Muslim police chaplain says women commit 'major sin' if they refuse to have sex with husbands

Canadian Council of Muslim Women says comments are 'appalling' and 'really set us back'

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The Independent US

A Muslim police chaplain has faced criticism after he reportedly said women commit “a major sin” if they refuse to have sex with their husbands.

Musleh Khan, the Toronto Police Force’s new chaplain, held a web seminar entitled ‘The Heart of The Home: The Rights and Responsibilities of A Wife’, in which he also implied getting married to 9-year-old girl is permitted in Islam.

Mr Khan’s comments have provoked anger in Canada and the Canadian Council of Muslim Women said his “appalling” words “really set us back”.

“The wife should make herself available to her husband, after the marriage has taken place,” Mr Khan said while disussing marital sexual relations during the seminar, first held in March 2013.

“She should not withhold this right from her husband without a valid excuse, sickness for example. If she refuses without a valid reason then she has committed a major sin.

“The wife must beautify herself for her husband… and not deny him the right to children.

“Sisters, it’s part of your act of worship towards Allah that you try to respond to this as best you can as part of your duties as the wife.”

What marriage would be like if we followed the bible

Discussing the nature of marriage, Mr Khan highlighted Mohammad's relationship with his 9-year-old wife Aisha as an example of how to act during a union.

“The husband has got to be somebody that’s very tolerant and he’s got to have wisdom. He’s got to know how to speak to a person like this, a 9-year-old wife. How to build a relationship with someone like this,” he added.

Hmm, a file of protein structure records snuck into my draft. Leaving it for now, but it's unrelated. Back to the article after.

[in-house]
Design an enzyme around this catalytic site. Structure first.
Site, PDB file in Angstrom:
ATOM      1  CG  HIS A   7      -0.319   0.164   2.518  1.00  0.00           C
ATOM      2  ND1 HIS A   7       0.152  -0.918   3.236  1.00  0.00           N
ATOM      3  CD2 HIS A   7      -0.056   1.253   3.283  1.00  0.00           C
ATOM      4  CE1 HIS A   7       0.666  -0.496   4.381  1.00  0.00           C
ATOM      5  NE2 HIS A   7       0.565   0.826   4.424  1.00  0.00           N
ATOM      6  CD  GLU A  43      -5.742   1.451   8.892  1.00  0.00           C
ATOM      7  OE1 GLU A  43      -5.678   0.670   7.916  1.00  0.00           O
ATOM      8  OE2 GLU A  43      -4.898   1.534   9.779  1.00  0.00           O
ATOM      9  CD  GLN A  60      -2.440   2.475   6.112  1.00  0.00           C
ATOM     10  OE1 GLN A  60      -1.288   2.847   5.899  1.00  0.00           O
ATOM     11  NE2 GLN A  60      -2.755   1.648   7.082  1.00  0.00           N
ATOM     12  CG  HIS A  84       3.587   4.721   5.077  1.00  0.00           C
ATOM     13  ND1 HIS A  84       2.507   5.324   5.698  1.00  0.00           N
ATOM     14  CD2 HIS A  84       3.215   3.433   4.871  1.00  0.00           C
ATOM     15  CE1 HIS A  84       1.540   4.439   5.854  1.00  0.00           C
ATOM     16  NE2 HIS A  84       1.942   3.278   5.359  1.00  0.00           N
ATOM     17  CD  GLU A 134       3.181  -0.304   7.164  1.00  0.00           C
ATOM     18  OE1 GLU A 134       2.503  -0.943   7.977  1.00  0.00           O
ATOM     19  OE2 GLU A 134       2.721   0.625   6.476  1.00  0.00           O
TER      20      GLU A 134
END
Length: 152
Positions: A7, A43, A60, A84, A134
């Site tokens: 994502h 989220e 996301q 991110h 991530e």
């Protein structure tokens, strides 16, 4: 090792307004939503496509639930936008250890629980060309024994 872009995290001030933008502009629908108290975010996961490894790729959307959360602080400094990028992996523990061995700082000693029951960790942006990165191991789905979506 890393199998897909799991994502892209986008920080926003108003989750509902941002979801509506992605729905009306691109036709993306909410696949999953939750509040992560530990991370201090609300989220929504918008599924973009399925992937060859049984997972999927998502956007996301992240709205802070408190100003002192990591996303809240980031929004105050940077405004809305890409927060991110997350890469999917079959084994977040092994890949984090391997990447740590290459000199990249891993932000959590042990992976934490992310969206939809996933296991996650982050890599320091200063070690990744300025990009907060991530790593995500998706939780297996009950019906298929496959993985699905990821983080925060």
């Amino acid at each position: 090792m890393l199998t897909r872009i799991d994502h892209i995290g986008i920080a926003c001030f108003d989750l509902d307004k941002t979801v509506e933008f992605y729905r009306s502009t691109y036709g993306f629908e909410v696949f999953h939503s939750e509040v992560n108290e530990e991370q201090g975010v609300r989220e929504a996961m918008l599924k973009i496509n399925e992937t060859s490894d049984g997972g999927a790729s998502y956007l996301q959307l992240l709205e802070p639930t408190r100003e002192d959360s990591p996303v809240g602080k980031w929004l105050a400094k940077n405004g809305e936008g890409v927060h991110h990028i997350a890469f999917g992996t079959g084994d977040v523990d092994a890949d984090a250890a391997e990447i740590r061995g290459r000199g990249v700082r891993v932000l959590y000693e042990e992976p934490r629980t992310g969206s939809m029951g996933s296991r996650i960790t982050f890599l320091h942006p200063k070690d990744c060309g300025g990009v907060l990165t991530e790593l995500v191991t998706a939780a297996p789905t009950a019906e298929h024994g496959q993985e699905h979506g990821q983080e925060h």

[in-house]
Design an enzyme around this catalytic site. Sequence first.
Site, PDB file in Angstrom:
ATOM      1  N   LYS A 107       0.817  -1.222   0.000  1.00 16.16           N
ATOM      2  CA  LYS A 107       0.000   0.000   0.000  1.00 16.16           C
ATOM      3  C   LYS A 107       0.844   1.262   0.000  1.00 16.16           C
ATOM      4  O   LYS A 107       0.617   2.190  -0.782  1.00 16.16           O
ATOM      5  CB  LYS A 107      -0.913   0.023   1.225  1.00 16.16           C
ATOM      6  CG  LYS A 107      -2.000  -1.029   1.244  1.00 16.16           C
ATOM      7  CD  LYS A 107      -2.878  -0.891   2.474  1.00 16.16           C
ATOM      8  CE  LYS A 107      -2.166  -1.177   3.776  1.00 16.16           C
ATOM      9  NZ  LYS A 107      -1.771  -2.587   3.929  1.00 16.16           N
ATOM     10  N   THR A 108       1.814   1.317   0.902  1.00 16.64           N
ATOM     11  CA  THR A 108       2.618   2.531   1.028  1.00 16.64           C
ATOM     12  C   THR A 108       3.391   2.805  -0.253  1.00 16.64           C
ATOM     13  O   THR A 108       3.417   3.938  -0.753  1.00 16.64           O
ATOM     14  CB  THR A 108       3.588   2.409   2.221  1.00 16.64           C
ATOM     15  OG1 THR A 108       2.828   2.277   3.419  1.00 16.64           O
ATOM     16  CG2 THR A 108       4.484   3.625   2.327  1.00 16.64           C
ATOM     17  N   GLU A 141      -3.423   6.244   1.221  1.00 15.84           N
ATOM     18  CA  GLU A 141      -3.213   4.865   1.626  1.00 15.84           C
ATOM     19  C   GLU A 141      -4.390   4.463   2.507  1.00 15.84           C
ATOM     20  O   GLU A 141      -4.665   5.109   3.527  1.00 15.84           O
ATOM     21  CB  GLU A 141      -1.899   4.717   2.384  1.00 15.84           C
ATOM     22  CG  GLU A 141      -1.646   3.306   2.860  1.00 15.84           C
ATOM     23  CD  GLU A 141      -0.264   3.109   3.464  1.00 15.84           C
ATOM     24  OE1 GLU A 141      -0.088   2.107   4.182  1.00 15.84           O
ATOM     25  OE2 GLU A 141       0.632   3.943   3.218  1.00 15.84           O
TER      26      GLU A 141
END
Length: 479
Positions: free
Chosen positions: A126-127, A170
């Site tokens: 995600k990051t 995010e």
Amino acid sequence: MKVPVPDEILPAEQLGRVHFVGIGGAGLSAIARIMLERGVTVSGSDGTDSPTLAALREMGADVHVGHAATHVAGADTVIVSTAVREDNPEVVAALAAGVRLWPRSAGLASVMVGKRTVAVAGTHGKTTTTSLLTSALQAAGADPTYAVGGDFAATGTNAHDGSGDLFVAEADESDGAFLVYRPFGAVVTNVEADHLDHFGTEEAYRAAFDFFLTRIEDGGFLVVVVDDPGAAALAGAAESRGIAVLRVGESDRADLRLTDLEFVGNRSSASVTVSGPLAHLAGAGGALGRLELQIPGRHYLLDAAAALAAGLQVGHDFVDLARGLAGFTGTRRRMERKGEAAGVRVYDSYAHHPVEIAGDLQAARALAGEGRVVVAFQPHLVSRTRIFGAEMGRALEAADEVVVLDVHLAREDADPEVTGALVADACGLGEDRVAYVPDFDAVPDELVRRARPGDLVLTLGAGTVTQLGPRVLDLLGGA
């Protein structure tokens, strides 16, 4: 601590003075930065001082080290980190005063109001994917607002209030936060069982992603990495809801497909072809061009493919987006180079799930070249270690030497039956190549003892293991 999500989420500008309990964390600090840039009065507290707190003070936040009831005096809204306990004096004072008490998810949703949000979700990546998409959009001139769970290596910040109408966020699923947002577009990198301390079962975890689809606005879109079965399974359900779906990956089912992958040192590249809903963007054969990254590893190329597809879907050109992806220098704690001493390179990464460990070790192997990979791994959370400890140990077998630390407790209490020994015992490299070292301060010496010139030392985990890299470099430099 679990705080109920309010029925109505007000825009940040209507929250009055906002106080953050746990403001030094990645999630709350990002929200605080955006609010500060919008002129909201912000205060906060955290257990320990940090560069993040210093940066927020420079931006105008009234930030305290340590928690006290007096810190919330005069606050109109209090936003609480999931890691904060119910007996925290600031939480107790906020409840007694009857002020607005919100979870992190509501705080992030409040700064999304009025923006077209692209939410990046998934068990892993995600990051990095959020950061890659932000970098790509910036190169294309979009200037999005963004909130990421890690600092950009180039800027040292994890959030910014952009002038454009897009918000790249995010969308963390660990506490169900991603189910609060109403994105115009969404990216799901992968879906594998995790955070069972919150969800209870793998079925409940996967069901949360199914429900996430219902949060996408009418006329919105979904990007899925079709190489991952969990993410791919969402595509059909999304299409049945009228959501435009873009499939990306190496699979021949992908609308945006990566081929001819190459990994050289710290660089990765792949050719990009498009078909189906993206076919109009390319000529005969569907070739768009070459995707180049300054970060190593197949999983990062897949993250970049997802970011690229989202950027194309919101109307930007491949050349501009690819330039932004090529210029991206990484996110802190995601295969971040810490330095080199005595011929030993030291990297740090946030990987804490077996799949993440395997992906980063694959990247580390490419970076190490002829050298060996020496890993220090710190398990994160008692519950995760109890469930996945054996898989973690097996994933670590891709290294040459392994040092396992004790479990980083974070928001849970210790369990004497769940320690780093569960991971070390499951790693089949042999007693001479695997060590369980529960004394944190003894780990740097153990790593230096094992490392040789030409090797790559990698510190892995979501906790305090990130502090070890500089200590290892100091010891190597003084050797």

During a Q&A session following a separate lecture in 2015 in Ontario, Mr Khan was asked why marriage to 9-year-olds “is allowed”. “What is the real age to get married if it’s so different everywhere you go?” he was asked.

Mr Khan answered: "The maturity level [of 9-year-olds] is completely different to how it used to be. If the prophet did it, you have to believe that it was permissible. It has its time and place.” 

In a statement after the details of the seminars came to light, Mr Khan admitted his comments were “inappropriate if used out of context”. He also said there nuances were lost in the translation of Aarbic into English over the word 'obey'.

Toronto Police Association president Mike McCormack agreed Mr Khan “needs to clarify his comment” and said “a lot of our members have an issue with that type of issue”.

Alia Hogben, executive director at the Canadian Council of Muslim Women, told CBC News: “I think it’s appalling. We’ve been fighting for Muslim women’s rights and something like this really sets us back. 

“It is not the Muslim view. Some people, as in any other religion or any other religious communities, think women should be quiet and all the rest of it but that is not the general view within Islam."

Mr Khan recently met with Toronto police chief Mark Saunders to discuss the issue, and CBC News reported he will remain in the role pending a full investigation.

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